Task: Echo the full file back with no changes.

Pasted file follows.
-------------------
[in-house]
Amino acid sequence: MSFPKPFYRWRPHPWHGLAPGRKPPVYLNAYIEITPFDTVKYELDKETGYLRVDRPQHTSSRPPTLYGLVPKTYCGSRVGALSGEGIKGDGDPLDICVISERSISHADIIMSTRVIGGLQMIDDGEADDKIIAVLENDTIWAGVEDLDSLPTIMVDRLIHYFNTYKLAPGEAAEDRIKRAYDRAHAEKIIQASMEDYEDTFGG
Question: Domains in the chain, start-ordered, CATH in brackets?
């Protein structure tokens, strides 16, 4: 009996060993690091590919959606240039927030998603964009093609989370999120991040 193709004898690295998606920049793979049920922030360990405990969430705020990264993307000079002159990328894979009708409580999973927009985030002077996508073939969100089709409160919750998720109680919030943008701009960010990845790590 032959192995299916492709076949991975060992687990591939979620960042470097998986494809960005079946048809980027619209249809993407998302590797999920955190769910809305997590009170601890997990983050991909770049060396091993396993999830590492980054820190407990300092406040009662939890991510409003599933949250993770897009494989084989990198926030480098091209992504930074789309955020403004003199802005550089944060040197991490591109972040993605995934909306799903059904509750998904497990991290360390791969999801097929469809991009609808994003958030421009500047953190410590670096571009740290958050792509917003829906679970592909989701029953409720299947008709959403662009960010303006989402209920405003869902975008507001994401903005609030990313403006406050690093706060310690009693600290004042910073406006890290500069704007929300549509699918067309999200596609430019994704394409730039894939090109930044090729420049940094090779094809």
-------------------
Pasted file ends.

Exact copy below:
[in-house]
Amino acid sequence: MSFPKPFYRWRPHPWHGLAPGRKPPVYLNAYIEITPFDTVKYELDKETGYLRVDRPQHTSSRPPTLYGLVPKTYCGSRVGALSGEGIKGDGDPLDICVISERSISHADIIMSTRVIGGLQMIDDGEADDKIIAVLENDTIWAGVEDLDSLPTIMVDRLIHYFNTYKLAPGEAAEDRIKRAYDRAHAEKIIQASMEDYEDTFGG
Question: Domains in the chain, start-ordered, CATH in brackets?
């Protein structure tokens, strides 16, 4: 009996060993690091590919959606240039927030998603964009093609989370999120991040 193709004898690295998606920049793979049920922030360990405990969430705020990264993307000079002159990328894979009708409580999973927009985030002077996508073939969100089709409160919750998720109680919030943008701009960010990845790590 032959192995299916492709076949991975060992687990591939979620960042470097998986494809960005079946048809980027619209249809993407998302590797999920955190769910809305997590009170601890997990983050991909770049060396091993396993999830590492980054820190407990300092406040009662939890991510409003599933949250993770897009494989084989990198926030480098091209992504930074789309955020403004003199802005550089944060040197991490591109972040993605995934909306799903059904509750998904497990991290360390791969999801097929469809991009609808994003958030421009500047953190410590670096571009740290958050792509917003829906679970592909989701029953409720299947008709959403662009960010303006989402209920405003869902975008507001994401903005609030990313403006406050690093706060310690009693600290004042910073406006890290500069704007929300549509699918067309999200596609430019994704394409730039894939090109930044090729420049940094090779094809």